My production database has all MyISAM tables which are replicated to a slave server. When I need to perform a backup, I simply stop the mysql server on the slave, copy the table files, and then start the server again. This has been working well for several years now. However, I now need to convert a few tables on my master to InnoDB because I am having some locking problems. I don't think I'll be able to just copy the table files on the slave anymore. I have a few questions:

  1. Is it a good idea to mix MyISAM and InnoDB tables in the same database? Tables of different types will be used in joins and other operations.

  2. Should I have 2 backup processes on the slave - 1 to backup MyISAM and the other for InnoDB tables? Seems like a mess to me.

  3. Can I have the InnoDB tables converted to MyISAM tables on the slave and keep my existing backup process? Can a table that is InnoDB on the master replicated to the same table in MyISAM format on the slave?

  1. Mixed tables types are fine, although you may want to check the performance difference between mixed and all InnoDB tables for your particular application.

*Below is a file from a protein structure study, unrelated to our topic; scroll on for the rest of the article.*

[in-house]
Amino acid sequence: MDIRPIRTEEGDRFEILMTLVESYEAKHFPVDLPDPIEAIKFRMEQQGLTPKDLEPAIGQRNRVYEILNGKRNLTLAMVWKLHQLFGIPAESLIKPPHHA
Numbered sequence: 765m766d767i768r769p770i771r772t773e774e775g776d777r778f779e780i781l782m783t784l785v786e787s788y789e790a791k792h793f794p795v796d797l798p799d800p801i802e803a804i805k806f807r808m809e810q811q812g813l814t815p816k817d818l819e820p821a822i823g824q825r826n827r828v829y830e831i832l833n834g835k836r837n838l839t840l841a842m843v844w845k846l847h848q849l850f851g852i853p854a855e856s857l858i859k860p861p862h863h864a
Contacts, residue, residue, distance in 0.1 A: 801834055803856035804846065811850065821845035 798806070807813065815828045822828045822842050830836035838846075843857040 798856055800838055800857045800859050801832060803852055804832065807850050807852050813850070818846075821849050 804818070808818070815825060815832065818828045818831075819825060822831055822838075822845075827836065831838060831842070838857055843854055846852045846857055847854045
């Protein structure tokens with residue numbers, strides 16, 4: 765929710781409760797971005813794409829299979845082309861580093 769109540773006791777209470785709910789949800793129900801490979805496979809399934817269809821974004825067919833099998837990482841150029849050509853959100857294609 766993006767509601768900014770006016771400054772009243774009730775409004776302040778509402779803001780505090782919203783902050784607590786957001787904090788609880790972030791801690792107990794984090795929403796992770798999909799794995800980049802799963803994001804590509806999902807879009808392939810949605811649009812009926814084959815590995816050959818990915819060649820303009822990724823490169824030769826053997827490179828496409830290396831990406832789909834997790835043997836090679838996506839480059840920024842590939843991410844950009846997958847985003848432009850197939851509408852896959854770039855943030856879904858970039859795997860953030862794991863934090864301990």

2. Even without mixing tables, I suggest backing up by performing a dump, which is far preferable to copying the files/folders, as it simplifies moving to another server or version of MySQL.

  3. There is no reason to split this into two separate backups.

I would strongly discourage you from changing the table format on the slave, especially if you are using transactions. By retaining the InnoDB tables the slave will correctly process the transactions. By changing the tables to MyISAM you may well cause problems by including partial transactions within the backup, which is likely to be bad news when you have to do a restore.

  • Your answers make a lot of sense, thanks. If I make a dump of the full database into 1 SQL file (via mysqldump), is there a way to selectively import certain tables? – smusumeche Jan 18 '10 at 14:59
  • I don't think you can selectively load tables from a dump file, although I'm not completely sure of it. Of course you can just dump each table to a separate file. I've done that in the past and then tar or zip them together for simpler file management. – John Gardeniers Jan 18 '10 at 17:39

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